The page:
Getting ready for the bar exam undoubtedly requires hours of study, for weeks on end. If you choose a bar review course other than BarMax, expect to spend eight to 12 weeks studying, for eight to 12 hours each day, six days a week. If that sounds overwhelming (and it should!), it's important to realize that you can actually take a far more efficient approach to your bar exam prep. This is how BarMax students have been successful preparing for both the California and New York bar exams while working full-time.

Before you start, take the time to gather everything to you need to apply to take the exam. Give yourself plenty of time to fill out your paperwork, complete the background check, and locate the historical records required to complete the application.

It's a lengthy (and expensive!) process, and studying the right way gives you the best chance at only having to do it once.

Create a Personalized Study Space

You'll study a lot, so adding some personal flair to your space will make it a bit more enjoyable to be in. Do your best to create a study space that allows for quiet instrumental study music, meditation, and light stretching. This will enable you to avoid a dead silent space, without the distraction of singing along. Meditating will keep you relaxed, and an area to get up and move around to stretch your muscles will prevent pain and fatigue from setting in as quickly.

Develop a Personalized Study Plan

The bar doesn't come with a one-size-fits-all study plan. If you took a bar exam prep course, start with that suggested study schedule as a guideline. If you find it works for you, great. If not, modify it according to your needs.

Focus on knowing your study strengths and weaknesses. Identify things that help you focus, and things to avoid because they distract you. List the things you think they will help you, and what will hinder you.

List your best subjects, followed by your weakest. What is your biggest fear on the bar exam? What subjects make you want to cry? Once you've written it out, take a break. Allot more time in your schedule for your weaker subjects.

Now, use what you know about yourself:

  • Are you willing to retake this exam or are you determined to do whatever it takes to only have to do it once?
  • Will you need plenty of breaks?
  • What kind of learner are you? If you know you're a visual learner, don't waste time on going to lectures.
  • Are you dealing with a bad back or other health issues that prevent you from remaining seated for too long? Set up areas where you can move around or change positions but continue to study.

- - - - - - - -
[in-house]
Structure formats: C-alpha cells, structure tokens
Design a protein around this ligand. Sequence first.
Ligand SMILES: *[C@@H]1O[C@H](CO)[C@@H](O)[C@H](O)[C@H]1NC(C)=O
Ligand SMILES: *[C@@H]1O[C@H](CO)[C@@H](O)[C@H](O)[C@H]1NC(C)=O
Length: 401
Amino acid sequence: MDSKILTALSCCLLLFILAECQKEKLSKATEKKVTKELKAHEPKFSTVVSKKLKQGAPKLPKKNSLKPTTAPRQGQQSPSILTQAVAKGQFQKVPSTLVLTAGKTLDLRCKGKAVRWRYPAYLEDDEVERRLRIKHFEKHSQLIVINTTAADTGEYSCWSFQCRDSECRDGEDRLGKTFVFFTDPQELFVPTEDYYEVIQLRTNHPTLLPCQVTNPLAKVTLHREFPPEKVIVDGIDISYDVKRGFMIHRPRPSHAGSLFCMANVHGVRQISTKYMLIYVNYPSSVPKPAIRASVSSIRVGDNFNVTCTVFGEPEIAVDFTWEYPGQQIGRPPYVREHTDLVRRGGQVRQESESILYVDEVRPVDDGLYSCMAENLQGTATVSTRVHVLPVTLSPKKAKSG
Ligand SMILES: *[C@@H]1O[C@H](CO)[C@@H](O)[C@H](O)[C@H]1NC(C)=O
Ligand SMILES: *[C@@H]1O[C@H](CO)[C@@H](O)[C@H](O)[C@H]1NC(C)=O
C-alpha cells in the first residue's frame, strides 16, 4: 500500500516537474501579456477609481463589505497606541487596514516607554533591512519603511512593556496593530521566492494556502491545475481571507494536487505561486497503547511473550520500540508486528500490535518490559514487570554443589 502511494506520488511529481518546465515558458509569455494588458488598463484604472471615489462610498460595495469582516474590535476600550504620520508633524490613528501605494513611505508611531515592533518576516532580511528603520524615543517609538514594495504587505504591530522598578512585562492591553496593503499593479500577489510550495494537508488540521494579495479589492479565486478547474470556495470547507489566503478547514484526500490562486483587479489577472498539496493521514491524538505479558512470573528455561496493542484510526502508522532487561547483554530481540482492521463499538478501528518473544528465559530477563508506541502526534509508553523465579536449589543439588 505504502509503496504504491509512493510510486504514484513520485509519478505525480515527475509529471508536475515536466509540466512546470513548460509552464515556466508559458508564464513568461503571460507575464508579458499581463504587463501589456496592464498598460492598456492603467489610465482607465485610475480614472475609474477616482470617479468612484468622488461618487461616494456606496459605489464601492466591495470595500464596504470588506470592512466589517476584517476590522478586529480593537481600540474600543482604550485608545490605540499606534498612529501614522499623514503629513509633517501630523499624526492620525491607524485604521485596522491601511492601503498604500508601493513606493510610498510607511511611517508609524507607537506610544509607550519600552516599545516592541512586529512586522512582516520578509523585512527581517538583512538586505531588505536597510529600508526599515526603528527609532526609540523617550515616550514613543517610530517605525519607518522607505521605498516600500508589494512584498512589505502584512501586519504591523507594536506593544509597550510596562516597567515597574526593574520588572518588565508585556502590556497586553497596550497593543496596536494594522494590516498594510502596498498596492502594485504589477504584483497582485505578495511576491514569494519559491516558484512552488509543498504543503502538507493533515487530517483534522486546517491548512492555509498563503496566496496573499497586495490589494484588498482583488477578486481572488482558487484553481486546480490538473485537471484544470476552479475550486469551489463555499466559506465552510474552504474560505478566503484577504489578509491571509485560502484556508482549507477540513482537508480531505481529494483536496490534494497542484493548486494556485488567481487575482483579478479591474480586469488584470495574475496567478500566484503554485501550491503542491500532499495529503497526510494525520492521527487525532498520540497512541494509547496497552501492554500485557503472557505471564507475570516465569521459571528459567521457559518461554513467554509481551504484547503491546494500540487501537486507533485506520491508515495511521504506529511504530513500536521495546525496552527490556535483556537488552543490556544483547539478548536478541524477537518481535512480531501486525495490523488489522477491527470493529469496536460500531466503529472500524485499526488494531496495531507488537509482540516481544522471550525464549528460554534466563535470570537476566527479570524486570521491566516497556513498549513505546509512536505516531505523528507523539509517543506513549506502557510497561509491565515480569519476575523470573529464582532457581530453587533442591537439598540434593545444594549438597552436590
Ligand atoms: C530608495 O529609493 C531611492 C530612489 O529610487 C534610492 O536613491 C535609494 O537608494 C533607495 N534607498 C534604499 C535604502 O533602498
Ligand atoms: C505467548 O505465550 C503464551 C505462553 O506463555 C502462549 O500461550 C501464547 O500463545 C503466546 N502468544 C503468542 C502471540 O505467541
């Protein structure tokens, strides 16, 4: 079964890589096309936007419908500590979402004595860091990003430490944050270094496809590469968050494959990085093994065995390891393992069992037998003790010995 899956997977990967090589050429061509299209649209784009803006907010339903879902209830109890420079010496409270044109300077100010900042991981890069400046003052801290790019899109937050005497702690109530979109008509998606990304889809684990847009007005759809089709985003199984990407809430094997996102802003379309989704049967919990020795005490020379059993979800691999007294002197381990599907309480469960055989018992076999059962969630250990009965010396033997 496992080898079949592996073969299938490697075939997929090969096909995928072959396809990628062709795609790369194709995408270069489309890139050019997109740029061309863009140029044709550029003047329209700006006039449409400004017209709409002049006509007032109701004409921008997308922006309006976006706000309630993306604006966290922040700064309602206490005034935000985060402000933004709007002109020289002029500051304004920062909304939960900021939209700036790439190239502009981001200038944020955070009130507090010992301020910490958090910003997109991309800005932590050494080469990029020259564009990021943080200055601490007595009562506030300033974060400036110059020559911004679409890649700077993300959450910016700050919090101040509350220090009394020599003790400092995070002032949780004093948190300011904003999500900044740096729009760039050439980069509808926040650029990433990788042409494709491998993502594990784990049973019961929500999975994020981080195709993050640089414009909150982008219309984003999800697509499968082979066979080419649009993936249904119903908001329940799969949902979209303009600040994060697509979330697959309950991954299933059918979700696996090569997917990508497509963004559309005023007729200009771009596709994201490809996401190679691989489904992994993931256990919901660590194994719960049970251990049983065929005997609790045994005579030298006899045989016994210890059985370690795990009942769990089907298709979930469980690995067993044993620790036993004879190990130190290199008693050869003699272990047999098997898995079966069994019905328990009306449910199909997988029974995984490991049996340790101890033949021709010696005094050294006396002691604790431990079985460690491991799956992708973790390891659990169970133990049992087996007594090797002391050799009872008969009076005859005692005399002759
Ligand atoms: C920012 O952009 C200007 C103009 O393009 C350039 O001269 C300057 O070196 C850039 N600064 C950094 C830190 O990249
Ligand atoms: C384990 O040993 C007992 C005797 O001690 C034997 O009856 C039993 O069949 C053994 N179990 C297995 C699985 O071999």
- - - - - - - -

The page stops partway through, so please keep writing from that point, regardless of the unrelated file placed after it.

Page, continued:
Block off the two to three months before your exam date on your calendar. Write in the subjects as you should study them. Break down the monthly calendar into a daily schedule that works for you, based on any other commitments you may have. Start with the hardest topics in the morning.

Make adjustments as needed, only if you discover it's not working for you.

Study Smart — Not Too Much, Not Too Little

Think you can cram it all in in the two weeks before test day? Think again. Tempted to spend 20 hours a day in "study" mode? Study too little, and you won't have time to get everything in. Study too much, and you'll burn out and feel overwhelmed. Provide room for ample breaks to move, eat, sleep, and shower. Your brain will appreciate the rest.

Set up a Better Sleep Schedule

Your brain will perform better when you've had plenty of rest. The bar exam will start early in the morning. It's ideal to mimic your study schedule so you can do your best thinking starting anywhere between 8 and 9 a.m. Aim to get your eight hours of sleep a night, and follow all the guidelines to get a good night's rest.

Keep Healthy Snacks on Hand

Don't turn yourself into a caffeine-powered zombie, because this can hurt your health. A little caffeine is okay — but avoid the temptation to guzzle coffee. Keep some snacks on hand to help boost your energy between scheduled mealtime breaks. Good options include:

  • Dark chocolate — there's a bit of caffeine in all chocolate, but the darker, the more you'll get.
  • Almonds — an excellent source of healthy fats and proteins.
  • Air-popped popcorn — healthy alternative to greasy chips.
  • Fruit salad — get something sweet without filling yourself with candy.

Beyond snacks, do your best to keep your overall diet as nutritionally sound as possible. It's what's best for your brain and your body.

Get a Handle on Anxiety and Stress

Being nervous and anxious about the exam is okay. But, if you can't get it under control, it could have negative effects on your performance. Make sure you:

  • Find ways to relax — gardening, cooking, bubble baths, massage, music
  • Practice deep breathing and meditation
  • Have a good support network of friends and family to help you
  • Reach out to a therapist if you need additional help

Take Practice Tests Under Test Conditions

Studying for the bar involves taking practice tests, so you should match the test conditions. It's not about the amount of information you can store in your brain, but about the way you convey the information to others.

Set timers according to the time limits for each section on your state's exam. When you're out of time for your essay portion, stop. Read it and aim to improve it the next time. Practice until you find it easy to complete the tasks within the allotted time. Plan to take a full-length bar exam during your prep at least once. This ensures you know what it's like before you go in for the real test, which can be a wonderful way to handle anxiety.

Two to three months of full-time study may seem like a lot of time, but in reality, it'll go by much quicker than you realize. If you're in a state with a notoriously difficult bar exam, give yourself the three months maybe even more.

Follow this advice, and you'll be ready to go on the big day!